Carolina's playoff berth was their first since Laviolette coached them to the 2006 Stanley Cup.

Maurice also gets credit for the marked improvement of young defensemen Joni Pitkanen and Anton Babchuk. Goalie Cam Ward was 8-7-2 with a 2.67 goals-against average and a .906 save percentage on Dec. 3, but he finished the season third in the NHL with 39 wins, plus a 2.44 GAA and .916 save percentage.

"The game has changed dramatically," Maurice said. "The way we view the game has completely changed. We had some success my first time here, being a really tight defensive team, the way we had to play. That was our strength. And now we have a balance. We've still got a very, very good goaltender, an elite goaltender. ... We talk about Eric Staal, and for good reason. 

"What we can't do is rely on one sword. We can't be a totally defensive-minded team and be successful. At the same time, you can't just open it up every night and expect to be successful. ... We're really trying to establish that balance and have that as one as the hallmarks of our team, playing strong defensively while pushing for goals."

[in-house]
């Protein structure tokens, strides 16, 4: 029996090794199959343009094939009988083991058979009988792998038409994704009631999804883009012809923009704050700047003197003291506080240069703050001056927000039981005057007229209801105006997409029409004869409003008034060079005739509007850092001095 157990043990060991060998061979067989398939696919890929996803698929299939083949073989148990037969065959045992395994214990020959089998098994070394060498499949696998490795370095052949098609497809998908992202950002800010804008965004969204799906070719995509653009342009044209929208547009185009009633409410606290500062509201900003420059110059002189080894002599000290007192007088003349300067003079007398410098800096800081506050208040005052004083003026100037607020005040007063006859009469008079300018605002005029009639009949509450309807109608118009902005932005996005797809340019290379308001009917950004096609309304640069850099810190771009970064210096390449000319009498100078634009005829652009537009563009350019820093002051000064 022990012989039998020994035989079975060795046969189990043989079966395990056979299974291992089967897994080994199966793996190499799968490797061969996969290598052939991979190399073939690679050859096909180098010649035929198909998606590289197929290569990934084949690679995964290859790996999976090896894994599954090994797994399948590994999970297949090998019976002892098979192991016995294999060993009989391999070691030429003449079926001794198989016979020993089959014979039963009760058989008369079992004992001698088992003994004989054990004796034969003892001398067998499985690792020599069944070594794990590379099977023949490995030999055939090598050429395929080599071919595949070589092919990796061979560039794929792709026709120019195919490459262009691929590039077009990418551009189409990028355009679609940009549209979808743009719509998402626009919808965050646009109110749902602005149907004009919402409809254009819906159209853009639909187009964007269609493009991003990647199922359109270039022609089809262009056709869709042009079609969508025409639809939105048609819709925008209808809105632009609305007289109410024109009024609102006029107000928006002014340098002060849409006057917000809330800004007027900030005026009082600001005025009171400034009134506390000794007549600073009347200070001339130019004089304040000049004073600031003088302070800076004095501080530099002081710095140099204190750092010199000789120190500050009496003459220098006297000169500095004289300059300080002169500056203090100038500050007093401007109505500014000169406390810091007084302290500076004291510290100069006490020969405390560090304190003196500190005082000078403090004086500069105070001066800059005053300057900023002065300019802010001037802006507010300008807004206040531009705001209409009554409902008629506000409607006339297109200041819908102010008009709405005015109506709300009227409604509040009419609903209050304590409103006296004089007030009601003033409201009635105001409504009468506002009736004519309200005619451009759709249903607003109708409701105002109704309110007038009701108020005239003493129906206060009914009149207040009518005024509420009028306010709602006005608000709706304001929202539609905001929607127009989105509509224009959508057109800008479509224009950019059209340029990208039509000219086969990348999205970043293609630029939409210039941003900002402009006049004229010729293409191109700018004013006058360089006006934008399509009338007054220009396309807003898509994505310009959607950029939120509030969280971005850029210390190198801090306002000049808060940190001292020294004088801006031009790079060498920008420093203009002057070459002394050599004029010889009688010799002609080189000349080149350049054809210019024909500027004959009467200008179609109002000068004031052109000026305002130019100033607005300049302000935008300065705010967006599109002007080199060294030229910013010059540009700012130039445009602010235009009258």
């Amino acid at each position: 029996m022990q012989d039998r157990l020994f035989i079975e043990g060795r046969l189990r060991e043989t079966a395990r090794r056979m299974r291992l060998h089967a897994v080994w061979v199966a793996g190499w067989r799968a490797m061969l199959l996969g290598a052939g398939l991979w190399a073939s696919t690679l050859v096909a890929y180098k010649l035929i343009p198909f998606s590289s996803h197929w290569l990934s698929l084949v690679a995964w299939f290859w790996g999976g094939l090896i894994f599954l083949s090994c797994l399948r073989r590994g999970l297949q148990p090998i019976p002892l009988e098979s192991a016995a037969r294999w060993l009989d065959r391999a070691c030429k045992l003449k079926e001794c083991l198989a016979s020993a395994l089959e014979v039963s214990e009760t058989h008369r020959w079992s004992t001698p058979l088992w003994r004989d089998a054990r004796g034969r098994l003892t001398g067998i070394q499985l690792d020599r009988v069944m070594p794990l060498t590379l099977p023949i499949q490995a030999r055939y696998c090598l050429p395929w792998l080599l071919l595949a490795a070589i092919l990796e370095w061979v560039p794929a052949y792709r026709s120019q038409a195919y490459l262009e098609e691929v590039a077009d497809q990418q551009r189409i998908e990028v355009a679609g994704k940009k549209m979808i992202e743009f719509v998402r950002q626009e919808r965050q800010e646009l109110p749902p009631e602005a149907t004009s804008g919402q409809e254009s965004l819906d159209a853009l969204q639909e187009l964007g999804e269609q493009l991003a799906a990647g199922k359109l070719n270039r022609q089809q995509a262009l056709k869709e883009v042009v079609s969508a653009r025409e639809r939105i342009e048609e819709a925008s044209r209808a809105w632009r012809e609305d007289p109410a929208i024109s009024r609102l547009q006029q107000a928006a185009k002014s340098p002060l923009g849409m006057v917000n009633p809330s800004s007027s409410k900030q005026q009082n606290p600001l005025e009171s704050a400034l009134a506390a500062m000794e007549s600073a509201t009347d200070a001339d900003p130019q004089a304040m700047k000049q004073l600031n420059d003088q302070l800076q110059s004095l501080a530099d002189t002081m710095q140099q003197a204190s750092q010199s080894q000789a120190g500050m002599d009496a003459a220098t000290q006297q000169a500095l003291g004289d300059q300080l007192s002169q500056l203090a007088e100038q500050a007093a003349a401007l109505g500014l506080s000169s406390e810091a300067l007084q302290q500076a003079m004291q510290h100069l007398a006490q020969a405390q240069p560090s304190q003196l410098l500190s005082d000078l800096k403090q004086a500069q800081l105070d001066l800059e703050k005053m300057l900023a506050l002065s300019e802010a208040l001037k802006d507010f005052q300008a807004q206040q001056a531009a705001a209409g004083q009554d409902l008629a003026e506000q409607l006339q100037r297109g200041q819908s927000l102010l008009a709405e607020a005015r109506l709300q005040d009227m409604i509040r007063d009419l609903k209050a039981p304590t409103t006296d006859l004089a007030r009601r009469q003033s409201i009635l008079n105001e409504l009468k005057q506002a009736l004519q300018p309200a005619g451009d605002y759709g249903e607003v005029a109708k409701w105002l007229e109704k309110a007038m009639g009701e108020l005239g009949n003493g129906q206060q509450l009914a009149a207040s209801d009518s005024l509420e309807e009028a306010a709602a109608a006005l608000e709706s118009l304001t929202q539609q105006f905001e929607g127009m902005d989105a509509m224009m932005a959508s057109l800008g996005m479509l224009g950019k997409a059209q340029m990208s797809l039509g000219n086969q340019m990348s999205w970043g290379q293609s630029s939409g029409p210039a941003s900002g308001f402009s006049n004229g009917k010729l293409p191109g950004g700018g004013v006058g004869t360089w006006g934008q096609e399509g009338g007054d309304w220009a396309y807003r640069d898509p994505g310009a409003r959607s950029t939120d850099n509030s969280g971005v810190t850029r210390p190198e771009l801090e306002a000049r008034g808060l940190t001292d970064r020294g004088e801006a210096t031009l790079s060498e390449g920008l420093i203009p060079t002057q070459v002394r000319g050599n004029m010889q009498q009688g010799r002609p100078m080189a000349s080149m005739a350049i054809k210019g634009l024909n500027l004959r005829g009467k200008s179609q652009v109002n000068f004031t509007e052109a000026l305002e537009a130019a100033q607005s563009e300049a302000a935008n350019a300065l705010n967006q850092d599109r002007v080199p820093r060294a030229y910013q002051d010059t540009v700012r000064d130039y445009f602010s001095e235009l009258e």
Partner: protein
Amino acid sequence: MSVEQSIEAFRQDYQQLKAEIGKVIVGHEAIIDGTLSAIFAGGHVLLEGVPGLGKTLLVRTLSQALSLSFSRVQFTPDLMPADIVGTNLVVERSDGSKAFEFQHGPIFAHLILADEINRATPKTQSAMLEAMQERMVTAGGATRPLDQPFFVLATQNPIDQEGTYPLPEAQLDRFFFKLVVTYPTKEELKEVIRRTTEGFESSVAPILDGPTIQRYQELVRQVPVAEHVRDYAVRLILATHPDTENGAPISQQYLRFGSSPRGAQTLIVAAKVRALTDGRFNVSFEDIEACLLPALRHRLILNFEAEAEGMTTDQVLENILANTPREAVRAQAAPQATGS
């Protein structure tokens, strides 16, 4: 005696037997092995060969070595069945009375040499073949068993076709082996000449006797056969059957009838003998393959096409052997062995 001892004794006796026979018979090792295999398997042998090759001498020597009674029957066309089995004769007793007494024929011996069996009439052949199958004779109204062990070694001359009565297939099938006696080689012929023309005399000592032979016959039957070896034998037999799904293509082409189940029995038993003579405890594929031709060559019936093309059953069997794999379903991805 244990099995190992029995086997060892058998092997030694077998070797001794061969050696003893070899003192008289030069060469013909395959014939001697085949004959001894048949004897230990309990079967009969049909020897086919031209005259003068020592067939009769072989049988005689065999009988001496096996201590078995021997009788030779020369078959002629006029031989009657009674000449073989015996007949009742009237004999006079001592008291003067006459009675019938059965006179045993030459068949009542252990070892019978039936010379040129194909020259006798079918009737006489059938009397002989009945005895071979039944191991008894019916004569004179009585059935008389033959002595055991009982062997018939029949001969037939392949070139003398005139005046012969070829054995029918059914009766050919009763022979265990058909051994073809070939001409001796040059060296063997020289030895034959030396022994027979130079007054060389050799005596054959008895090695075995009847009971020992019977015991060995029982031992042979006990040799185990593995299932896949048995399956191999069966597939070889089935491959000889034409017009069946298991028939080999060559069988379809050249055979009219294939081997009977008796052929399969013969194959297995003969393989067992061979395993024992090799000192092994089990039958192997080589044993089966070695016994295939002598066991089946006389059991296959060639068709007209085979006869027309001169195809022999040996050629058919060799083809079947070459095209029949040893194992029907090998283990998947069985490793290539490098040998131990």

The Hurricanes were 9-9-3 in Maurice's first 21 games, but beginning with a 2-0 victory Jan. 19 against the Maple Leafs in Toronto, the Hurricanes finished 24-10-2 to clinch sixth place in the Eastern Conference. They beat the New Jersey Devils in the first round.

The Hurricanes beat the top-seeded Boston Bruins in seven games in the second round, and then were swept by the Pittsburgh Penguins in the Eastern Conference Finals.

"When the coaching change was made, there were a couple of things I wanted to see improved," Rutherford said. "The one thing was that the team got to a point where we had team confidence. There were players that had their confidence personally at certain times, but we could never get over that hump that we felt really good about the team as a whole. The other was to change the system a bit so we could continue our offensive attack but also that we could defend a little better.